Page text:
Little big town

Lively yet unflustered – Bonn has reinvented itself as an international city.

Michael Sondermann/Presseamt Stadt Bonn - Palais Schaumburg Bonn

The good citizens of Bonn are used to the sympathetic or at times even somewhat derisive looks they get when they meet people on holiday and are asked how the city has been faring since the German parliament moved away to Berlin in 1999. It is abundantly clear to them that the person to whom they are talking has in their mind’s eye a Western-style town, sand and tumbleweed blowing along its one and only street – the sort of place that has been abandoned as settlers move further west.

It is tempting to set the record straight and point out that all that is untrue, nothing but fantasy. There can be no denying that Bonn is situated in the far west of Germany, yet that is pretty much all it has in common with a ghost town in the Wild West. Twenty-four years after the decision was taken following reunification to relocate the German parliament to Berlin, the city on the Rhine finds itself at the heart of a thriving conurbation, a lively and yet unflustered centre of politics, academia, business, culture and international institutions.

In the very centre of the city is a high-rise building known as “Langer Eugen”, which means “tall Eugene”. Exactly 117 metres high, this former house of deputies on the Rhine was built in the 1960s and for many years was the symbol of Bonn parliamentarianism. Its nickname was an ironic play on the somewhat diminutive stature of 
Eugen Gerstenmaier, president of the Bundes­tag at the time it was built. Following extensive modernisation, “Langer Eugen” – which was to become the centre of the United Nations (UN) Campus – was 
officially handed over to the then Secret­ary-General of the United Nations Kofi Annan in 2006 by Federal Chancellor 
Angela Merkel, Bonn having already borne the title of UN city since 1996. The objective of the United Nations University, which has one of its four worldwide sites in Bonn, is to find scientific answers to questions 
relating to the future of humankind.

Eighteen of the 26 UN institutions in Germany with their 1,000-strong workforce are based in this city of around 320,000 inhabitants, giving rise to a whole host of conferences with international participants. The latest institution to move here is the secretariat of the Intergovernmental Platform on Biodiversity and Ecosystem Services (IPBES), which was opened in July 2014. Following the example of the Intergovernmental Panel on Climate Change (IPCC), the IPBES is dedicated to providing scientific policy advice in the field of biodiversity and its protection. Further bodies that conduct global operations from their base in Bonn include the secretariat of the United Nations Framework Convention on Climate Change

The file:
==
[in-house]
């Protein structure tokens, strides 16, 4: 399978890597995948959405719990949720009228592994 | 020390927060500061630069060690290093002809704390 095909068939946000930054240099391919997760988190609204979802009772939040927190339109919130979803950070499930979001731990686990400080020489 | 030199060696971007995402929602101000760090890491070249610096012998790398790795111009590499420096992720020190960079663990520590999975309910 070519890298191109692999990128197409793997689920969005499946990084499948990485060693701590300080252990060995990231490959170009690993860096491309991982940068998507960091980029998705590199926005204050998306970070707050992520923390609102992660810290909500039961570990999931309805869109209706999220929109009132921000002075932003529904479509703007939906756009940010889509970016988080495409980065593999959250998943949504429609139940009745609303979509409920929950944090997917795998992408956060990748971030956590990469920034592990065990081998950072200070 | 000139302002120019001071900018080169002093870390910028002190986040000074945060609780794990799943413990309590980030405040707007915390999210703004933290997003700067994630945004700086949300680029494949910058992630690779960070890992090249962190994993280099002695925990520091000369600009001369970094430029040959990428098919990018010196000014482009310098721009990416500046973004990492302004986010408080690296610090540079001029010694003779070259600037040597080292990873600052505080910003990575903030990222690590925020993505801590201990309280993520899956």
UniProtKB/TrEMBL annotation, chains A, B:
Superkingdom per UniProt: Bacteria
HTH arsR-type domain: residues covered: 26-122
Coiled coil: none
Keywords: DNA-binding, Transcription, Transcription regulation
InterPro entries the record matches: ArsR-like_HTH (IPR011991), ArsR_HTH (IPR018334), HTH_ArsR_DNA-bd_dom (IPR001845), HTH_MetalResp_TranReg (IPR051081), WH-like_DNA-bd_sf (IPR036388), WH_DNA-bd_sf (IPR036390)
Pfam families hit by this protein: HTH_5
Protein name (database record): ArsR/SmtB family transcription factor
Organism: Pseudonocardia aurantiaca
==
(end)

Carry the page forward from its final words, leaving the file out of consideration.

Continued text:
(UNFCCC), the secretariat of the United 
Nations Convention to Combat Desertification and the secretariat of the Convention on the Conservation of Migratory Species of Wild Animals. Bonn has evolved to become an international hub for issues relating to the environment, climate and sustainable development.

This little big town is in any case highly international in its orientation: around 150 non-governmental organizations are headquartered in Bonn, while the Federal Ministry of Education and Research and the Federal Ministry of Economic Cooperation and Development – among others – have retained their primary headquarters here too. Leading academic organisations like the German Research Foundation (DFG), the German Academic Exchange Service (DAAD) and the Alexander von Humboldt Foundation – all of which are at home in the same district of Bonn – likewise enjoy the short distances and relaxed atmosphere of this Rhineland city.

The relocation of the German government from Bonn to Berlin actually served to enhance the city’s profile as a centre 
for science and scholarship. Today, Bonn boasts no fewer than three Max Planck 
institutes: international teams at the Center of Advanced European Studies and Research (Caesar) conduct research in the neurosciences, cell biology and biophysics, while the University of Bonn – which is particularly popular with international students – is home to the Center for European Integration Studies (ZEI) and the Center for Development Research (ZEF). The ZEF, the site of the Right Livelihood College campus since 2011, caused quite a stir in May 2014 when its secretariat relocated the headquarters of the Alternative Nobel Prize – the Right Livelihood Award – from Malaysia to Bonn.

The European Union has an even longer history in Bonn – 50 years, to be precise. In March 1954, the journalist Karl Mühlenbach moved into the community’s first ever liaison office here, with offices being set up shortly afterwards in Paris and Rome. Today the Bonn office is the EU regional representation.

While anyone looking out across Bonn from the nearby Siebengebirge hills these days can hardly fail to spot “Langer Eugen”, the Post Tower, the headquarters of the Deutsche Post DHL logistics giant, stands significantly higher at 162.5 metres. Less striking architecturally, Deutsche Telekom AG’s building plays an even more import­ant role in the city as the workplace of 20,000 people. Bonn, the home of the gummy bear, is also famous for these brightly coloured little bears that are at least as well known as the major DAX-listed companies: in November 2013, the world’s first Haribo Store opened here, attracting countless visi­tors every day. Ironically, the confectionery manufacturer announced in summer 2014 that after nearly a century in Bonn it would be moving its headquarters to the nearby small town of Grafschaft for reasons of space. It’s comforting to know at least that the new shop and doubtless also the name Haribo – an abbreviation of “Hans Riegel Bonn” – look set to remain. In any case, “Harigra” would sound pretty strange – or so the people of Bonn think. ▪